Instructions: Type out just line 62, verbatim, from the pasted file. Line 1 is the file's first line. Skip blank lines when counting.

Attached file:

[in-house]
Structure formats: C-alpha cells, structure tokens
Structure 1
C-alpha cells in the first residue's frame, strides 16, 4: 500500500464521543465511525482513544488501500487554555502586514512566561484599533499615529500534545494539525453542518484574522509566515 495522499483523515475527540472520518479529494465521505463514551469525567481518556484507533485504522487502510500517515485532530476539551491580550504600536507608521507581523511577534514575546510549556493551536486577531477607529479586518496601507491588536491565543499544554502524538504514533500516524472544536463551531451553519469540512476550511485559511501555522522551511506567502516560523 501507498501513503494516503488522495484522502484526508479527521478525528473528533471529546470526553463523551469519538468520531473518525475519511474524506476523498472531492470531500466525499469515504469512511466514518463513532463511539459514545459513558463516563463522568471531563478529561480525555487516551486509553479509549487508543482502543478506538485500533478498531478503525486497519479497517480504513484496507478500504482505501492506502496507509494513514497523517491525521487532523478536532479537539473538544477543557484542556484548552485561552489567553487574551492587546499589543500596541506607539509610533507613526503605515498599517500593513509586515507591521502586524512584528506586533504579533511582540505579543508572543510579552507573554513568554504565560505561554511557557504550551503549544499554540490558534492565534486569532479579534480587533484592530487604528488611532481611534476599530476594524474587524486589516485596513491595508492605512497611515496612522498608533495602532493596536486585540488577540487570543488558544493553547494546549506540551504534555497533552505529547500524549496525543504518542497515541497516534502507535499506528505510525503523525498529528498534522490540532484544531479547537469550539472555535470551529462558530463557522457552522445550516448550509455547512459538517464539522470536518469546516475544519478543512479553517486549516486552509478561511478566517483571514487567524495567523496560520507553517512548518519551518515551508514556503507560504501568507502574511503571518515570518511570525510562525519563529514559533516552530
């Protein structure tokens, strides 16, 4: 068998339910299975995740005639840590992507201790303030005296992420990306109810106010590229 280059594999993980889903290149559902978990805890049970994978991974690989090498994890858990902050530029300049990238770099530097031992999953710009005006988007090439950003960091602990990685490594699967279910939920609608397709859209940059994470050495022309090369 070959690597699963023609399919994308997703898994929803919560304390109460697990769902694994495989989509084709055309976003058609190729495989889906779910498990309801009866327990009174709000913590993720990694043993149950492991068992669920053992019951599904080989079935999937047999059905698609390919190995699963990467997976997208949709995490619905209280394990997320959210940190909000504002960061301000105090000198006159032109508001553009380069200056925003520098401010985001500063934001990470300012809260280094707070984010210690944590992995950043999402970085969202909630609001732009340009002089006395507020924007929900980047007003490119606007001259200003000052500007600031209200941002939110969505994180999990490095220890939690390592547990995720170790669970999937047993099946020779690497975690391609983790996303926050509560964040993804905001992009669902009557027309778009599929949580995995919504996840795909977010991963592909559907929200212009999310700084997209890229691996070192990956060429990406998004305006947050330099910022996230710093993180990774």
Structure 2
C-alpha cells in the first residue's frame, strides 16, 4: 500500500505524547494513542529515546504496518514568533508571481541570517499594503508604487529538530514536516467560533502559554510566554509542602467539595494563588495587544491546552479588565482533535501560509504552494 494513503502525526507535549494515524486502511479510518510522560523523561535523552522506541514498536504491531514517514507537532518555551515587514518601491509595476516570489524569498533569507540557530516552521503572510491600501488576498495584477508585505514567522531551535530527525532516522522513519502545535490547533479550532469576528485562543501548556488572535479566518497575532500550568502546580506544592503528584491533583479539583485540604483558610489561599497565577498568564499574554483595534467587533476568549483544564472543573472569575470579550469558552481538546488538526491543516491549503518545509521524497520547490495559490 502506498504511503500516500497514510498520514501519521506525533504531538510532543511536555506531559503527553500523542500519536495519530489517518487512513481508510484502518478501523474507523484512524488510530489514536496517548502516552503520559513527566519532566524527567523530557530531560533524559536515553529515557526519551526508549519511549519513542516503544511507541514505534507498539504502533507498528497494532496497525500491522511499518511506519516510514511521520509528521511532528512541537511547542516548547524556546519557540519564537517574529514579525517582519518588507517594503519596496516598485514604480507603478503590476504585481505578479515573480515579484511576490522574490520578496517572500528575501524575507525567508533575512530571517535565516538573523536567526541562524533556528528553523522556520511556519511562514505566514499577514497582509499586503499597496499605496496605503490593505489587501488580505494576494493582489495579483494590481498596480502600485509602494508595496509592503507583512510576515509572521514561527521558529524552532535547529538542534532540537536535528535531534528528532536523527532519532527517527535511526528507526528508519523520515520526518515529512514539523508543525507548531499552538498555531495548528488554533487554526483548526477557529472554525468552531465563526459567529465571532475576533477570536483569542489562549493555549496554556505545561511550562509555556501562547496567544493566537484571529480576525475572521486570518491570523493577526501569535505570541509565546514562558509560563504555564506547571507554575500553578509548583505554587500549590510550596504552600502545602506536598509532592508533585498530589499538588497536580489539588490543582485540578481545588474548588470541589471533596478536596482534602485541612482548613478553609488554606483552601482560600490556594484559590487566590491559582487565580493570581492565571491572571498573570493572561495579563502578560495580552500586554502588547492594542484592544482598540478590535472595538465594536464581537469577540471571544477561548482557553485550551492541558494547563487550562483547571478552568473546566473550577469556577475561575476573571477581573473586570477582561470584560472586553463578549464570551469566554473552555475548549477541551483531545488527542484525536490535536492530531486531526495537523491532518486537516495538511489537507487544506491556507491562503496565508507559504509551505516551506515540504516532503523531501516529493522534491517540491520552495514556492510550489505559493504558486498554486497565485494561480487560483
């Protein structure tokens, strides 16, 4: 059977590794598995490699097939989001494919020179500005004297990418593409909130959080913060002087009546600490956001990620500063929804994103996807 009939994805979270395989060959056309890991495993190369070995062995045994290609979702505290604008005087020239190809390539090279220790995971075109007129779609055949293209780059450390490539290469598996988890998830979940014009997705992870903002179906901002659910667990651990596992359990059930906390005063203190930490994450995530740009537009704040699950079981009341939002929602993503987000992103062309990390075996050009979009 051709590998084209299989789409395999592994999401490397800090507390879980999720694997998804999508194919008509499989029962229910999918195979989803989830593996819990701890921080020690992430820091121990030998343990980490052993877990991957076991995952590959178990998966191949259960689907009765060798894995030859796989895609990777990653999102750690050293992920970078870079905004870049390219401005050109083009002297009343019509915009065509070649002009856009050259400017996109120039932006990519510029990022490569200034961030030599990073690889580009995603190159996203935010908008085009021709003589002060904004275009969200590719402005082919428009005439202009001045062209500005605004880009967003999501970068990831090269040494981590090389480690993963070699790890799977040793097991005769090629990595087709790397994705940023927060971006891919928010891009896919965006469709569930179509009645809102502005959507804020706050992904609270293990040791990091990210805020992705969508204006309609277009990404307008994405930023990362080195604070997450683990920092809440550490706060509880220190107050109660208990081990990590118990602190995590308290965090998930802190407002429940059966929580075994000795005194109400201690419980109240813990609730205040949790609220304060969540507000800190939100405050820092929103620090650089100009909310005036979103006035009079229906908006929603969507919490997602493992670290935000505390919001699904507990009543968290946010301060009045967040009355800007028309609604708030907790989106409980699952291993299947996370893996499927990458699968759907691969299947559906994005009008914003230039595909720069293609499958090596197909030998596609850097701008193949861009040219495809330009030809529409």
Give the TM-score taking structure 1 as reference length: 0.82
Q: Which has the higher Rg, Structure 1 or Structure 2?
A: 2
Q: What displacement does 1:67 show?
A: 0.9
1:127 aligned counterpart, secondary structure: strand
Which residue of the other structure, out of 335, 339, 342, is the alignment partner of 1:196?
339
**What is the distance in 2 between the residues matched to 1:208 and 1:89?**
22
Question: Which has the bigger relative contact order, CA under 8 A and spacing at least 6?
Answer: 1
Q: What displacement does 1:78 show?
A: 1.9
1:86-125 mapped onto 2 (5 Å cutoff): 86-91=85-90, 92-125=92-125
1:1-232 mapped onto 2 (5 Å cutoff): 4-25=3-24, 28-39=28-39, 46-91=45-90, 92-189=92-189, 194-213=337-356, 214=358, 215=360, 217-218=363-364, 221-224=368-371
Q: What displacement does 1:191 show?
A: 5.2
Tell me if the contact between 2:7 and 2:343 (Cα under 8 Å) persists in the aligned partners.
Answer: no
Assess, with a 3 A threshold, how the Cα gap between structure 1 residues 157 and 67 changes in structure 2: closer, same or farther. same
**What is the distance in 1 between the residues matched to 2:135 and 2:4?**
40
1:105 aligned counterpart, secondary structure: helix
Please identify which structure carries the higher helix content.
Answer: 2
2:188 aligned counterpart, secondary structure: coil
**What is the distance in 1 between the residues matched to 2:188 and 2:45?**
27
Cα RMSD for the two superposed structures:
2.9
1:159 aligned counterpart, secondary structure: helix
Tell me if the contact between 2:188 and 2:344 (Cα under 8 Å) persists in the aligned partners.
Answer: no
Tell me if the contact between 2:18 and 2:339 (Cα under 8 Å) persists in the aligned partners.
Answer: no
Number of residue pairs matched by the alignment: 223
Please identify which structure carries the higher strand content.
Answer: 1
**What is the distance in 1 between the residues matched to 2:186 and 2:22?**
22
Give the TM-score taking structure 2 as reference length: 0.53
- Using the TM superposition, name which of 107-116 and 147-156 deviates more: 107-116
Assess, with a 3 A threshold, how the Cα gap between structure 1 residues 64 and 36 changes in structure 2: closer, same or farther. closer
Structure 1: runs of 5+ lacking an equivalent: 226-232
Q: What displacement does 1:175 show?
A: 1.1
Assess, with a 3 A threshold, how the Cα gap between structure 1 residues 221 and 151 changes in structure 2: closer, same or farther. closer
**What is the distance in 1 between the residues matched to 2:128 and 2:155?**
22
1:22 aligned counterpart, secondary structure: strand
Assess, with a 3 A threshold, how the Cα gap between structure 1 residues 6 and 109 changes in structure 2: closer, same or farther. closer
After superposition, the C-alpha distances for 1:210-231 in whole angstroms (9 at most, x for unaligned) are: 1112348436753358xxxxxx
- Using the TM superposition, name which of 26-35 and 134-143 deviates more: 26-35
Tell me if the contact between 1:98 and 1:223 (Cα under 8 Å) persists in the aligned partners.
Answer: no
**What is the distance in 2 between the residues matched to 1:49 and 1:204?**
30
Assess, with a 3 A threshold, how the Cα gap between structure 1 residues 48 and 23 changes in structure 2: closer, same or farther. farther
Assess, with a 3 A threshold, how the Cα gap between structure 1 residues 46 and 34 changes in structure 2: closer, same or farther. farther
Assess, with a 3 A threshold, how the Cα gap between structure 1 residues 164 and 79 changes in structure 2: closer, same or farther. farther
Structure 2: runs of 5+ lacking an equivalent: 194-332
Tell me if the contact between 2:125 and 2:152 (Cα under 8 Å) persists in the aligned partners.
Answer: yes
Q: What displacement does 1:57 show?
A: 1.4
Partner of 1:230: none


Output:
- Using the TM superposition, name which of 26-35 and 134-143 deviates more: 26-35